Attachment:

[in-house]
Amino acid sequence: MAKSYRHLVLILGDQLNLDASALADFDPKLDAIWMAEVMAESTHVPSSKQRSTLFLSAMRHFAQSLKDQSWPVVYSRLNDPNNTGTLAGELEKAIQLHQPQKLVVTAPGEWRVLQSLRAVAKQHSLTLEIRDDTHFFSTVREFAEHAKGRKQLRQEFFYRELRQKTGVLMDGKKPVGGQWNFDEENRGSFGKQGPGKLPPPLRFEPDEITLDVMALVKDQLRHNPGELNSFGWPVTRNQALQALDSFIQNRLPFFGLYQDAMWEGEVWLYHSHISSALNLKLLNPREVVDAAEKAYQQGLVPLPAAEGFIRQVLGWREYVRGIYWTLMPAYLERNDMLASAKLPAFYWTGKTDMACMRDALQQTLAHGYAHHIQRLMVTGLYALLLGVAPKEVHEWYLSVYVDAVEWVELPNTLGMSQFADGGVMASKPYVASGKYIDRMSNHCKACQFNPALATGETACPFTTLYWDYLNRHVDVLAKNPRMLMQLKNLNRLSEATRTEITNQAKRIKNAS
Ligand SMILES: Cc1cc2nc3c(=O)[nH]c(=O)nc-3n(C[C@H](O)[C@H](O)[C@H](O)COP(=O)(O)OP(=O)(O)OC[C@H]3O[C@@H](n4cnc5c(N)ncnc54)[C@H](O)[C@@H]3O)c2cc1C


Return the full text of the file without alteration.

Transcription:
[in-house]
Amino acid sequence: MAKSYRHLVLILGDQLNLDASALADFDPKLDAIWMAEVMAESTHVPSSKQRSTLFLSAMRHFAQSLKDQSWPVVYSRLNDPNNTGTLAGELEKAIQLHQPQKLVVTAPGEWRVLQSLRAVAKQHSLTLEIRDDTHFFSTVREFAEHAKGRKQLRQEFFYRELRQKTGVLMDGKKPVGGQWNFDEENRGSFGKQGPGKLPPPLRFEPDEITLDVMALVKDQLRHNPGELNSFGWPVTRNQALQALDSFIQNRLPFFGLYQDAMWEGEVWLYHSHISSALNLKLLNPREVVDAAEKAYQQGLVPLPAAEGFIRQVLGWREYVRGIYWTLMPAYLERNDMLASAKLPAFYWTGKTDMACMRDALQQTLAHGYAHHIQRLMVTGLYALLLGVAPKEVHEWYLSVYVDAVEWVELPNTLGMSQFADGGVMASKPYVASGKYIDRMSNHCKACQFNPALATGETACPFTTLYWDYLNRHVDVLAKNPRMLMQLKNLNRLSEATRTEITNQAKRIKNAS
Ligand SMILES: Cc1cc2nc3c(=O)[nH]c(=O)nc-3n(C[C@H](O)[C@H](O)[C@H](O)COP(=O)(O)OP(=O)(O)OC[C@H]3O[C@@H](n4cnc5c(N)ncnc54)[C@H](O)[C@@H]3O)c2cc1C